While BYU ultimately failed to live up to expectations this season, Bronco Mendenhall will undoubtedly retool his squad to continue to compete with Whittingham; this coaching duel could become one of the most fascinating in-state rivalries in all of college football should both remain at their posts long-term. Add to the mix the first-year success of Sonny Lubick's successor Steve Fairchild at Colorado State, who defeated Fresno State in the New Mexico Bowl... the continued formidability of Gary Patterson's TCU team, which took out the only other squad with a shot at perfection prior to its bowl with its one-point Poinsettia Bowl win over Boise State... the defections of Dave Christensen (Wyoming, formerly Missouri's offensive coordinator), Brady Hoke (San Diego State, formerly Ball State head coach), and Mike Locksley (New Mexico, formerly Illinois offensive coordinator)... and 2007 Mountain West coach of the year Troy Calhoun at Air Force...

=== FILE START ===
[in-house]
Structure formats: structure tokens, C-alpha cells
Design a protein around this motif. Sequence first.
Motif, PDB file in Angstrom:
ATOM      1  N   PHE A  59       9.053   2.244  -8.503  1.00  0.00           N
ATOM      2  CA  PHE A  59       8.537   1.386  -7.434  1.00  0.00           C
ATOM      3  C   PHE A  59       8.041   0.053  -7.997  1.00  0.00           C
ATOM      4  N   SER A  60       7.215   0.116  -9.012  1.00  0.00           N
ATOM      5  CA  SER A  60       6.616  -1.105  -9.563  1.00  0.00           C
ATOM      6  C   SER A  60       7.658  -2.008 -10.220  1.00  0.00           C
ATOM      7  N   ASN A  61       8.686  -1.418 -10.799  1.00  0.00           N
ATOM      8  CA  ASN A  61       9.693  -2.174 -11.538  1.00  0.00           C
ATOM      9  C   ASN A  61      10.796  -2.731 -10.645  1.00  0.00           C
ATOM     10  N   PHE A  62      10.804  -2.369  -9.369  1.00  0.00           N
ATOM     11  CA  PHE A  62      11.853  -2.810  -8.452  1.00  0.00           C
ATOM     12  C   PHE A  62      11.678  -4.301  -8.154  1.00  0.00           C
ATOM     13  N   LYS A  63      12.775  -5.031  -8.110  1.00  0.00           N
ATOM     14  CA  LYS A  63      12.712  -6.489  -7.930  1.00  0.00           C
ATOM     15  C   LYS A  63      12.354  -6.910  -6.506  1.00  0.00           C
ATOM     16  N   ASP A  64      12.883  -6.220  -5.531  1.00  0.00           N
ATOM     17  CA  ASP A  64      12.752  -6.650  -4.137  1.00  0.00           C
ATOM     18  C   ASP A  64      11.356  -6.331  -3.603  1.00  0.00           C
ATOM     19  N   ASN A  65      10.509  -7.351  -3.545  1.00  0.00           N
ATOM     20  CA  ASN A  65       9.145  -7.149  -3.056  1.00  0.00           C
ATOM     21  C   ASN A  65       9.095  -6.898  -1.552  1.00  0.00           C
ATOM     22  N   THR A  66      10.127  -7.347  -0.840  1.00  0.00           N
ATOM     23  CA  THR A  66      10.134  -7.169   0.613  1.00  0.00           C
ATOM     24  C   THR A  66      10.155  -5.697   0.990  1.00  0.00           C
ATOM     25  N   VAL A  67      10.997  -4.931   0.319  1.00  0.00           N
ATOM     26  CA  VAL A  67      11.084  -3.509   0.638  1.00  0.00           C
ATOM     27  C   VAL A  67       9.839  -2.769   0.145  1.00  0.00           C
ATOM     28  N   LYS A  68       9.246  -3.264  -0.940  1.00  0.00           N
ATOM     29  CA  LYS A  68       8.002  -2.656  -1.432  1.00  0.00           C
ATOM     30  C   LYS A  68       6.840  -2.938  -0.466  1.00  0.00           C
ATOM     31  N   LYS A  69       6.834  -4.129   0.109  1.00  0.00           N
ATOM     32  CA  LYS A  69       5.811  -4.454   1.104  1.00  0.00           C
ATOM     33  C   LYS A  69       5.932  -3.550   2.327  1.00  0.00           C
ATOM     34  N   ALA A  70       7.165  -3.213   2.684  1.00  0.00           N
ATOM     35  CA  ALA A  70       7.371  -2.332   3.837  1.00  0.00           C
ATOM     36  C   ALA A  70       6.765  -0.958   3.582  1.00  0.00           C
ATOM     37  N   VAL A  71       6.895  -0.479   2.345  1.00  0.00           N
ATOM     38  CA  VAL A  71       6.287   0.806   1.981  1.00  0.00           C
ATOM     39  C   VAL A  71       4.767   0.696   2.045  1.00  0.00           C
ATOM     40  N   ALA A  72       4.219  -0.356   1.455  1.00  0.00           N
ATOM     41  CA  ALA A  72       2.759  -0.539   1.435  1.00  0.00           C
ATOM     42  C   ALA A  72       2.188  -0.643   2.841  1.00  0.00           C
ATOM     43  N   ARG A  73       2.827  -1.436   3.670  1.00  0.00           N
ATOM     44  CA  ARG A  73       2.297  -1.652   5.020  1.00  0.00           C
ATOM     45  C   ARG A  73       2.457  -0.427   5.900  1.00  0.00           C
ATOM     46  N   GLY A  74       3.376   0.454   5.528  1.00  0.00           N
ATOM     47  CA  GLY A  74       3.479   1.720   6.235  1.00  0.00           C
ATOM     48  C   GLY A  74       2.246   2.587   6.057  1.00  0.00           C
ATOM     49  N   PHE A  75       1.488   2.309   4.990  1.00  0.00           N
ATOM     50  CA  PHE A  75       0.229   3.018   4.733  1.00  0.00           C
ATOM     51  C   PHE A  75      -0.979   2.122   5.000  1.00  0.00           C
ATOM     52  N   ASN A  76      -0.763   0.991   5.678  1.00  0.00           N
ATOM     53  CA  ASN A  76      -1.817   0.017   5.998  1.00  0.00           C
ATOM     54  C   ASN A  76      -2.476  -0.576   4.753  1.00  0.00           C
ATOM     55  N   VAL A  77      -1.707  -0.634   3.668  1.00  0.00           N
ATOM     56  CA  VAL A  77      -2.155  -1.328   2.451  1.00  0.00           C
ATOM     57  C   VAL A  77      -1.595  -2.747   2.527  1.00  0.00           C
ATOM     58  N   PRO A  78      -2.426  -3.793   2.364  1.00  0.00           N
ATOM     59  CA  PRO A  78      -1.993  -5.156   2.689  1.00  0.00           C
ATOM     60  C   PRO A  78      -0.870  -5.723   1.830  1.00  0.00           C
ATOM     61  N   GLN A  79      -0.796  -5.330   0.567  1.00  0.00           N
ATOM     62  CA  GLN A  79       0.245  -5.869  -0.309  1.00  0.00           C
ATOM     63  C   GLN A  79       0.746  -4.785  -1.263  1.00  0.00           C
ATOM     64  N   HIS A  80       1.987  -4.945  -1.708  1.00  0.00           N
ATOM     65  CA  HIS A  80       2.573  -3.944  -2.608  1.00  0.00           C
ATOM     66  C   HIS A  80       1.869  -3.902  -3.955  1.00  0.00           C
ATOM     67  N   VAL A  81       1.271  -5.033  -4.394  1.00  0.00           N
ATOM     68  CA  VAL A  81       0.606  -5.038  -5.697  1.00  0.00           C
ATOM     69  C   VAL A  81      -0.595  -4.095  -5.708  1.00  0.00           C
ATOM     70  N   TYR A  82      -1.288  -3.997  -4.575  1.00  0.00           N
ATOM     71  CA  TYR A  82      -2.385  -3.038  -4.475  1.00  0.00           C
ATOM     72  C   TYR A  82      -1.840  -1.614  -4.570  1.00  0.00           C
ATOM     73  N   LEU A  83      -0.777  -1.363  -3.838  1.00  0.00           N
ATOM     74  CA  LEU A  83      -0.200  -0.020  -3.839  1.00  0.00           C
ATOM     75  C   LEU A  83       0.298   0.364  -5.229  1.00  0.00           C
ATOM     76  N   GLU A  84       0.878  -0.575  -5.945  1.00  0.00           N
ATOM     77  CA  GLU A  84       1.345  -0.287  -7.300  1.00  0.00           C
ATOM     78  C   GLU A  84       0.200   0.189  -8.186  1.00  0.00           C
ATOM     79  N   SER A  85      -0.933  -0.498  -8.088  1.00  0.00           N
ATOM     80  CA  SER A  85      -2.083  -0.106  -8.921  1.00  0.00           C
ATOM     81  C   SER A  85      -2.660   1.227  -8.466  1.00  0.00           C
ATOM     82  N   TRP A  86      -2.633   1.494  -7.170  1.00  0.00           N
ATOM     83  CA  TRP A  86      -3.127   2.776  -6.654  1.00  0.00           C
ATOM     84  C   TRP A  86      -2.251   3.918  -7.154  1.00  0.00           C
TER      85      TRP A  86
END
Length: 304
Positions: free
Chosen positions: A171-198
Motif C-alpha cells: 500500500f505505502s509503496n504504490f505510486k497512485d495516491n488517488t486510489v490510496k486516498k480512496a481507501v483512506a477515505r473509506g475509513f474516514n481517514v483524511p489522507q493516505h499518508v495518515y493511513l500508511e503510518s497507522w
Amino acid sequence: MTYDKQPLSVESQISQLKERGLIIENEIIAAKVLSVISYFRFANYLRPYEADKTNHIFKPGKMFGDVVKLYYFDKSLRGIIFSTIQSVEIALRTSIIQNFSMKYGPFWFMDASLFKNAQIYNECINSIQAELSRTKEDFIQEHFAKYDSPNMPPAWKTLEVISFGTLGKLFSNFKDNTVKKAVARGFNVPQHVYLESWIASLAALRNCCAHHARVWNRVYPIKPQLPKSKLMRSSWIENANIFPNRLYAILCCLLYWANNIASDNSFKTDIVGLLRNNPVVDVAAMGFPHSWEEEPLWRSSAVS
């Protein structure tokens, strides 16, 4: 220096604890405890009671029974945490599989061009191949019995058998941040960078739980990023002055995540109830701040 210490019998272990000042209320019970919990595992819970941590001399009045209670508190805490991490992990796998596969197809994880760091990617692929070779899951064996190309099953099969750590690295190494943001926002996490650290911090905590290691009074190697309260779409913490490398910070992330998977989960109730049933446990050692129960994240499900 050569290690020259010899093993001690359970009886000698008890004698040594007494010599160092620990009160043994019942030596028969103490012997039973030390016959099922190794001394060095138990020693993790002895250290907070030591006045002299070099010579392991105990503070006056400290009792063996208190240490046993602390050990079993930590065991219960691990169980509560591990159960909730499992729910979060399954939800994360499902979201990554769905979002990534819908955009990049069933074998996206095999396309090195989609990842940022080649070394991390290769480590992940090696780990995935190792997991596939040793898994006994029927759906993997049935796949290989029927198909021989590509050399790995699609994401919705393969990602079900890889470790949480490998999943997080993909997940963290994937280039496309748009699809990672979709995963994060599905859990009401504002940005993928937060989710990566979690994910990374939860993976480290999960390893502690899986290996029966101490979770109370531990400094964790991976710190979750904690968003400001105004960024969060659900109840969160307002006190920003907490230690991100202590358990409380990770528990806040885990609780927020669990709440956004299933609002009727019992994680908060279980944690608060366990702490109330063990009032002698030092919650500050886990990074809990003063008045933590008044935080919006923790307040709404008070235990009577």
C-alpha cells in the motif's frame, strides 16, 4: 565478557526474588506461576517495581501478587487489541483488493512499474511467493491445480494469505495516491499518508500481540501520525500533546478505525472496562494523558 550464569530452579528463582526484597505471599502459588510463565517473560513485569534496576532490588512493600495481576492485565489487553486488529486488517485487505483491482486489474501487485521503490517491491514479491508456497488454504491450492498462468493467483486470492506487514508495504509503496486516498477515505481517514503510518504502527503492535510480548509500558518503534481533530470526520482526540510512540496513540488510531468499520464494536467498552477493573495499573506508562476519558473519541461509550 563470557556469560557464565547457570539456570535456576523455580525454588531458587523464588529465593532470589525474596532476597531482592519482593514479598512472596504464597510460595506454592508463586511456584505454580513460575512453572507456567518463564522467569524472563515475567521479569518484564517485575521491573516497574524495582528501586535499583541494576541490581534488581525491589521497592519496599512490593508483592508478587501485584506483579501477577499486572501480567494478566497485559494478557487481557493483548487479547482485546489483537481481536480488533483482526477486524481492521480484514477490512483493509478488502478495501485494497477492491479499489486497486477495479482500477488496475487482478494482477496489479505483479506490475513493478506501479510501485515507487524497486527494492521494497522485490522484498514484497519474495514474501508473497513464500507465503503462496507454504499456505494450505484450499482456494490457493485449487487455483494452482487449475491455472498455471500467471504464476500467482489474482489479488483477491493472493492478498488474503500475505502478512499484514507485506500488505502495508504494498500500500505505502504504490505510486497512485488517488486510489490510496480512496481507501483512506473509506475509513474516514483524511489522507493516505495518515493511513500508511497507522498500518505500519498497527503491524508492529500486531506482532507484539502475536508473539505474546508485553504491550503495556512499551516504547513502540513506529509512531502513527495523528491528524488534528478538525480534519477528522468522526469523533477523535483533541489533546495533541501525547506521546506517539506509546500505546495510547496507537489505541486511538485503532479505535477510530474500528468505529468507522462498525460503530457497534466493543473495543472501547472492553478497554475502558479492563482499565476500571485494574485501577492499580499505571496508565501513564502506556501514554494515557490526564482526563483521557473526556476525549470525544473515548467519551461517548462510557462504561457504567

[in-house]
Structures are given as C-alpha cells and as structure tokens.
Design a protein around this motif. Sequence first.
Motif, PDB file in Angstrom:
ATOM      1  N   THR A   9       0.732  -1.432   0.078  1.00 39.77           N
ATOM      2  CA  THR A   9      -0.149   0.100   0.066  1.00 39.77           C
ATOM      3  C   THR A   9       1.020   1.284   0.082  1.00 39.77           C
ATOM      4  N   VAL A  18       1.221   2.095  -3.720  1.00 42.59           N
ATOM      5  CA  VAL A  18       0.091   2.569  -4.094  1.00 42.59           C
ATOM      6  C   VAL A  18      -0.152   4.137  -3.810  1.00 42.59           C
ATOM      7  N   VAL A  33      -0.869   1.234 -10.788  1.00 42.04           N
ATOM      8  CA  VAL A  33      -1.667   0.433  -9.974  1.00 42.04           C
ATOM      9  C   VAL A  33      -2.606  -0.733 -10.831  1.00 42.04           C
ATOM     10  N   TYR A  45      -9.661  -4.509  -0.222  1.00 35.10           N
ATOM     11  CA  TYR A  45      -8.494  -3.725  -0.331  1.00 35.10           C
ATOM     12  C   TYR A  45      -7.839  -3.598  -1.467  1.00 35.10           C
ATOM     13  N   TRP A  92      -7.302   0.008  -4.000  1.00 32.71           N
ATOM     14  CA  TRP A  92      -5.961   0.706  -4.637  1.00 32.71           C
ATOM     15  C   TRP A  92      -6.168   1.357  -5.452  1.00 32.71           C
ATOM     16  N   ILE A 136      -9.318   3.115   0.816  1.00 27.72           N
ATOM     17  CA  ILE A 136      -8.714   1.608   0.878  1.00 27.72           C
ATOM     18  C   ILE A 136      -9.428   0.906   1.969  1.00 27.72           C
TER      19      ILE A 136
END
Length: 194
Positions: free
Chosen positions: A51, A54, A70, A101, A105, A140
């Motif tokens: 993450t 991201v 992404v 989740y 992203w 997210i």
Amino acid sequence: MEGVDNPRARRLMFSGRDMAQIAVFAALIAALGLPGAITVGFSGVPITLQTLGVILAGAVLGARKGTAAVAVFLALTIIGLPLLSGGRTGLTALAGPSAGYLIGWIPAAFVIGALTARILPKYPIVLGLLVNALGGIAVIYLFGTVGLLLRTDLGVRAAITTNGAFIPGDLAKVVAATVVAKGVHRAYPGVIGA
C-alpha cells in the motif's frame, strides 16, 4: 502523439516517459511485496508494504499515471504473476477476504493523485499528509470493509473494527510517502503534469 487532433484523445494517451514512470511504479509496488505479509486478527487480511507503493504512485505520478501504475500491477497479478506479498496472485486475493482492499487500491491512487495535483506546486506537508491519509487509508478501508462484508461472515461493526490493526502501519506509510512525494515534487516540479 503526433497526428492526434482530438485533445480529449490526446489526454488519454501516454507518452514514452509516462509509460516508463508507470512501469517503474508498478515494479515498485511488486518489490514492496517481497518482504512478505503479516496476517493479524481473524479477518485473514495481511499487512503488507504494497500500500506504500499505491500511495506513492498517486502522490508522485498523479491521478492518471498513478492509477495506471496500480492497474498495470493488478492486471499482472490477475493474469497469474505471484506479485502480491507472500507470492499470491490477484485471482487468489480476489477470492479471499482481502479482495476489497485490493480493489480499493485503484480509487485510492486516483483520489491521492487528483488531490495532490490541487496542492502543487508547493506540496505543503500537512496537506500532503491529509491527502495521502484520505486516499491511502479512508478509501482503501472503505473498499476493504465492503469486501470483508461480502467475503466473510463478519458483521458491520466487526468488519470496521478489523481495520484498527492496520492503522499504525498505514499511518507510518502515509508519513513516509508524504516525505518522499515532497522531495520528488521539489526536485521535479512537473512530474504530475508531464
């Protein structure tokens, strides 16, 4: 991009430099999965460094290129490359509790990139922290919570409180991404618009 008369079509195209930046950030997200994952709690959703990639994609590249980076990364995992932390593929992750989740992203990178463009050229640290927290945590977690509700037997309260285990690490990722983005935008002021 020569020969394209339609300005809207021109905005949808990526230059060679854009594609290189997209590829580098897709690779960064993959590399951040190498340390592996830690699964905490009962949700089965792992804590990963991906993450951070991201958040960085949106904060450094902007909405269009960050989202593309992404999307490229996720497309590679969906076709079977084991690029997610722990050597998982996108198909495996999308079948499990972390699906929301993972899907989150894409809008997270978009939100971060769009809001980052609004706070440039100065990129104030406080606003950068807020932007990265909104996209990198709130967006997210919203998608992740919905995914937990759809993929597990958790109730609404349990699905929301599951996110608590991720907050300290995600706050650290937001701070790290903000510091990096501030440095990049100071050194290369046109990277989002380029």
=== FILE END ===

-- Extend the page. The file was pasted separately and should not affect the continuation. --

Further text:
The Rocky Mountain region is now a perfect petri dish from which to spawn a new power conference. With the assemblage of talent in the coaching ranks elevating its level, these squads will be better positioned to maintain the talent throughout its recruiting base and sustain growth. The Mountain West Conference is well poised to vault itself to further prominence in the coming years... if these coaches build successful programs and stick around to watch them grow...

 

Revel in the victory now, Coach Whittingham, for now comes the big decision. You can live up to your words that "the Mountain West is the third-best conference in the country behind the Big XII and SEC" and that "it deserves a secure BCS bid annually" and make the change happen through your team's actions. Whether or not it is Utah in every season or not, the mere fact that a BYU or TCU or Colorado State or Wyoming must be battle-tested against a tough Utes team every year only bolsters the overall conference strength. The clock has struck perfect in the Superdome tonight, but perfection is fleeting and must be continually built upon...

 
January 3, 2011  02:48 AM ET

Struck perfect again-good job by TCU in winning the Rose.